It’s a term that’s bandied about with great admiration in the film world to describe movies that were made for practically nothing but nevertheless achieved a cult following (“Napoleon Dynamite”) or received awards (“El Mariachi”) or acclaim (“Clerks”) or all of the above (“sex, lies and videotape”).
“Waiting ...,” about the motley crew of waiters, waitresses, cooks and busboys at a generic chain restaurant, is also low-budget, but not in a way that’s charming or quirky or reflects any sort of vision or resourcefulness. It’s just awful.
The first movie from writer-director Rob McKittrick is an erratically paced, slapped-together string of sight gags and repetitive humor, most of which involves the exposure of genitalia, followed by frat-boy-style homophobia. It’s not even offensive; it’s lazy and adolescent.
The king of the idiots is Monty, played by Ryan Reynolds with a smooth, deadpan delivery that has become his trademark over the past few years. It’s the same shtick he did in “National Lampoon’s Van Wilder,” it’s the same shtick Val Kilmer did in “Real Genius” and Chevy Chase did in “Caddyshack.” He’s funny, he’s cynical, he looks like the boy next door but he’s really a subversive perv.
Reynolds’ presence is about the only thing that makes “Waiting ...” tolerable, so it’s a good thing he’s in practically every scene. As a longtime waiter at ShenaniganZ — a thinly veiled takeoff on Bennigan’s, down to the antique schlockery on the walls and the fake Tiffany lamps dangling above the tables — Monty is responsible for training new employees.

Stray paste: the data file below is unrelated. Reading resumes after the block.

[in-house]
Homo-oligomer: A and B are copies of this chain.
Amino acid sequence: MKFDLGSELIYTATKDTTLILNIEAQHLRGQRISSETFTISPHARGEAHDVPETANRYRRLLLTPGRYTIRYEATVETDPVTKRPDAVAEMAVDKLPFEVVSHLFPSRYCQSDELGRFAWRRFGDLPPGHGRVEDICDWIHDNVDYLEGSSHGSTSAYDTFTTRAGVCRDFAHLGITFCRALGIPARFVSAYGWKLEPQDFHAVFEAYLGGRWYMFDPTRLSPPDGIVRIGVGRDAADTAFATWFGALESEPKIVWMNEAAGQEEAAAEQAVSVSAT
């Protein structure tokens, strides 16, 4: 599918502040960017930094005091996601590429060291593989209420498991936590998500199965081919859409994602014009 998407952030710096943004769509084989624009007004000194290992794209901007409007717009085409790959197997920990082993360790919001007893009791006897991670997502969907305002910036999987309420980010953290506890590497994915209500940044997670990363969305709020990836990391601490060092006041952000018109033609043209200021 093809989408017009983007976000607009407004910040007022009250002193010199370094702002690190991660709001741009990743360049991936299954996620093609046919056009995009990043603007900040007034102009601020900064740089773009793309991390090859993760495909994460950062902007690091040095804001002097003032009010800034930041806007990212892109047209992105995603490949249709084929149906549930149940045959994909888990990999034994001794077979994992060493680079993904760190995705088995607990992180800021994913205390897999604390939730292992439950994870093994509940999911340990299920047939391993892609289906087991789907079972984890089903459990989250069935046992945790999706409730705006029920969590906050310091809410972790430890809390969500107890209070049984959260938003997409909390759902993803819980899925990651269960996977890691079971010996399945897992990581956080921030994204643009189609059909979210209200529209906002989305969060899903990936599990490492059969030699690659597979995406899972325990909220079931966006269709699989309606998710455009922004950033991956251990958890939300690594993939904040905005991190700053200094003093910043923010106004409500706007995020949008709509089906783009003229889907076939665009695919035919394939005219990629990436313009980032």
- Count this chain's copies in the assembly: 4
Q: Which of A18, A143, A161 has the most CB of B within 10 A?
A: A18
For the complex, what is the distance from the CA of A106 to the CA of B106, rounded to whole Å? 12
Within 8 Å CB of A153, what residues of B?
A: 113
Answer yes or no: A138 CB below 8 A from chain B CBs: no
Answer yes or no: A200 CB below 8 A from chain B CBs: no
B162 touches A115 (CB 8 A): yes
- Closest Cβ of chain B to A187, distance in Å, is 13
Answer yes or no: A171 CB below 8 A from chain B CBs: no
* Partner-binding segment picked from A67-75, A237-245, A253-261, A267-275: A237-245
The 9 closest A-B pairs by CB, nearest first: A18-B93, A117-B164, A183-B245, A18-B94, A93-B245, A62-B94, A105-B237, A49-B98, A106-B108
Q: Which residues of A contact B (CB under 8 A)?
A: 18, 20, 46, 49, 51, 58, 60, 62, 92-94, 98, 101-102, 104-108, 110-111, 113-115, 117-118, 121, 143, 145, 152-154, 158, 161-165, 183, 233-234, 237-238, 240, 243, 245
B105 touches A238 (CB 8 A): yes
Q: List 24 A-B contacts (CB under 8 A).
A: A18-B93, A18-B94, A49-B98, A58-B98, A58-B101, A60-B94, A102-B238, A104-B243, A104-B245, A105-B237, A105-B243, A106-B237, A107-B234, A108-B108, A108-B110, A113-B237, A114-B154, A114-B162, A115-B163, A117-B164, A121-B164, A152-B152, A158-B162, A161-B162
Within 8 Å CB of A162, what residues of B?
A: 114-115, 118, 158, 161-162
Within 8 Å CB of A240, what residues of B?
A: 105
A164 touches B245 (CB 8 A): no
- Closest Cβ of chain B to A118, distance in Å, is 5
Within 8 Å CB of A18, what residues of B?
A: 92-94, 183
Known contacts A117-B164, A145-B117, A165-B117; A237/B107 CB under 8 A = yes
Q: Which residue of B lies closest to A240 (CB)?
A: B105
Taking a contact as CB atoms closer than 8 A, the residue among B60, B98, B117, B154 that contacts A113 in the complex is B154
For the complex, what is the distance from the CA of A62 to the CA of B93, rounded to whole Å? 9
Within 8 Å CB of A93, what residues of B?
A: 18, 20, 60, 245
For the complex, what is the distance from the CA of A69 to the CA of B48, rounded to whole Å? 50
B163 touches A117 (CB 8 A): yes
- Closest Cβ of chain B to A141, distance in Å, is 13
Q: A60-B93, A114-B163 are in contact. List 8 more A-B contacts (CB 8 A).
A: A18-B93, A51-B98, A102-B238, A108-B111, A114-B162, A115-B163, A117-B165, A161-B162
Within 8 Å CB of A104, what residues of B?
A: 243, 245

On this particular shift, the victim is Mitch (John Francis Daley), who doesn’t get to say much because Monty talks incessantly. Throughout the day, Monty introduces Mitch to, among others: Dean (Justin Long), a waiter who’s having a career crisis after four years on the job; Monty’s former bed buddy, the sassy Serena (Anna Faris in heavy blue eye liner that makes her look like Britney Spears); Tyla (Emmanuelle Chriqui), the hot lesbian bartender; Naomi (Alanna Ubach), who’s so sick of waiting tables at ShenaniganZ that she constantly screams expletives at her co-workers; and Raddimus (Luis Guzman), the head cook, who introduced everyone else to “The Game.”
That would be the genital-exposing game. Which is pretty gross in its own right — Raddimus explains the rules and variations using a piece of raw chicken — but not as gross as what the kitchen staff does to surly customers.
“Waiting ...” shows fleeting flashes of observant humor; it’s at its best when, like “Office Space,” it focuses on the absurdities of workplace politics. David Koechner (who’s been everywhere lately between this, “The Dukes of Hazzard” and “Daltry Calhoun”) is accurately annoying as the power-hungry, nerdy restaurant manager.
If you’ve ever worked in a restaurant (as McKittrick has), you may recognize these people and their adventures, ones that are usually kept as kitchen confidential. But you can still expect a 30-to-40-minute wait for a joke or an image that’s meaty enough for you to sink your teeth into.